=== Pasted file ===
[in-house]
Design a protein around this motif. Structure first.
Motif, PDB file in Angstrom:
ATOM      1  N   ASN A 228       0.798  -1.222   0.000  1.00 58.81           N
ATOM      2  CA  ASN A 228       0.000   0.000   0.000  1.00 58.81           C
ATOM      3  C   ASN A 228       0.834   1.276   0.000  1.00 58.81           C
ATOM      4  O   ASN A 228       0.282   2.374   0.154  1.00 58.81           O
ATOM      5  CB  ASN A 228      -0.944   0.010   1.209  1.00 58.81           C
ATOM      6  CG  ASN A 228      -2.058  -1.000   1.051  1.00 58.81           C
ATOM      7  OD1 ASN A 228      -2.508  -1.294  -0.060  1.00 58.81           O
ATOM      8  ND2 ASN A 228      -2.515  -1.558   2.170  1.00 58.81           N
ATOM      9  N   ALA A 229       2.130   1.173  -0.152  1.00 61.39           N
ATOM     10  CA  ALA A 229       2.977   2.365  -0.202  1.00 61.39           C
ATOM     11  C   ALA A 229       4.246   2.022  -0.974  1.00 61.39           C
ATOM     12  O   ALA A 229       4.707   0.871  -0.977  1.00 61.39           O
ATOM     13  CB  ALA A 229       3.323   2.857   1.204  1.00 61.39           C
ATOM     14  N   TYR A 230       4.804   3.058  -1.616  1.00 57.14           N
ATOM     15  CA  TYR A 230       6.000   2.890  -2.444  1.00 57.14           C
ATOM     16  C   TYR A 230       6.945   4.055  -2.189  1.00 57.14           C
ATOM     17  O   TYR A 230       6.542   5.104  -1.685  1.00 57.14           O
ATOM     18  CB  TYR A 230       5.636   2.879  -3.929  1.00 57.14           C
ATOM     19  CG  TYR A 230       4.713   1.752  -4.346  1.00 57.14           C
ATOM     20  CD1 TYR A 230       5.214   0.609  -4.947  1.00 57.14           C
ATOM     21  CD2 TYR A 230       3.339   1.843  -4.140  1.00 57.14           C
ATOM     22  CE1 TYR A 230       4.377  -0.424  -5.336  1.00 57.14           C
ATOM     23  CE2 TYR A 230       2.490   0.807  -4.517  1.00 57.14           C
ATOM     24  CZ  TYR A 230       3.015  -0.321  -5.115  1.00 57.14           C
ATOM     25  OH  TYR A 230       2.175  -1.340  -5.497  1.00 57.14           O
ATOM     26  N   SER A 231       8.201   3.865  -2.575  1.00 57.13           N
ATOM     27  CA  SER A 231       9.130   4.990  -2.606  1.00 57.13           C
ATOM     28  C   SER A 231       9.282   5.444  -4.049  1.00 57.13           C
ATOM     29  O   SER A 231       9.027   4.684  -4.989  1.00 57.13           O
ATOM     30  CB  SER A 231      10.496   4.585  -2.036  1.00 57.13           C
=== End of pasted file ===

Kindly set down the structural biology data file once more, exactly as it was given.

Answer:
[in-house]
Design a protein around this motif. Structure first.
Motif, PDB file in Angstrom:
ATOM      1  N   ASN A 228       0.798  -1.222   0.000  1.00 58.81           N
ATOM      2  CA  ASN A 228       0.000   0.000   0.000  1.00 58.81           C
ATOM      3  C   ASN A 228       0.834   1.276   0.000  1.00 58.81           C
ATOM      4  O   ASN A 228       0.282   2.374   0.154  1.00 58.81           O
ATOM      5  CB  ASN A 228      -0.944   0.010   1.209  1.00 58.81           C
ATOM      6  CG  ASN A 228      -2.058  -1.000   1.051  1.00 58.81           C
ATOM      7  OD1 ASN A 228      -2.508  -1.294  -0.060  1.00 58.81           O
ATOM      8  ND2 ASN A 228      -2.515  -1.558   2.170  1.00 58.81           N
ATOM      9  N   ALA A 229       2.130   1.173  -0.152  1.00 61.39           N
ATOM     10  CA  ALA A 229       2.977   2.365  -0.202  1.00 61.39           C
ATOM     11  C   ALA A 229       4.246   2.022  -0.974  1.00 61.39           C
ATOM     12  O   ALA A 229       4.707   0.871  -0.977  1.00 61.39           O
ATOM     13  CB  ALA A 229       3.323   2.857   1.204  1.00 61.39           C
ATOM     14  N   TYR A 230       4.804   3.058  -1.616  1.00 57.14           N
ATOM     15  CA  TYR A 230       6.000   2.890  -2.444  1.00 57.14           C
ATOM     16  C   TYR A 230       6.945   4.055  -2.189  1.00 57.14           C
ATOM     17  O   TYR A 230       6.542   5.104  -1.685  1.00 57.14           O
ATOM     18  CB  TYR A 230       5.636   2.879  -3.929  1.00 57.14           C
ATOM     19  CG  TYR A 230       4.713   1.752  -4.346  1.00 57.14           C
ATOM     20  CD1 TYR A 230       5.214   0.609  -4.947  1.00 57.14           C
ATOM     21  CD2 TYR A 230       3.339   1.843  -4.140  1.00 57.14           C
ATOM     22  CE1 TYR A 230       4.377  -0.424  -5.336  1.00 57.14           C
ATOM     23  CE2 TYR A 230       2.490   0.807  -4.517  1.00 57.14           C
ATOM     24  CZ  TYR A 230       3.015  -0.321  -5.115  1.00 57.14           C
ATOM     25  OH  TYR A 230       2.175  -1.340  -5.497  1.00 57.14           O
ATOM     26  N   SER A 231       8.201   3.865  -2.575  1.00 57.13           N
ATOM     27  CA  SER A 231       9.130   4.990  -2.606  1.00 57.13           C
ATOM     28  C   SER A 231       9.282   5.444  -4.049  1.00 57.13           C
ATOM     29  O   SER A 231       9.027   4.684  -4.989  1.00 57.13           O
ATOM     30  CB  SER A 231      10.496   4.585  -2.036  1.00 57.13           C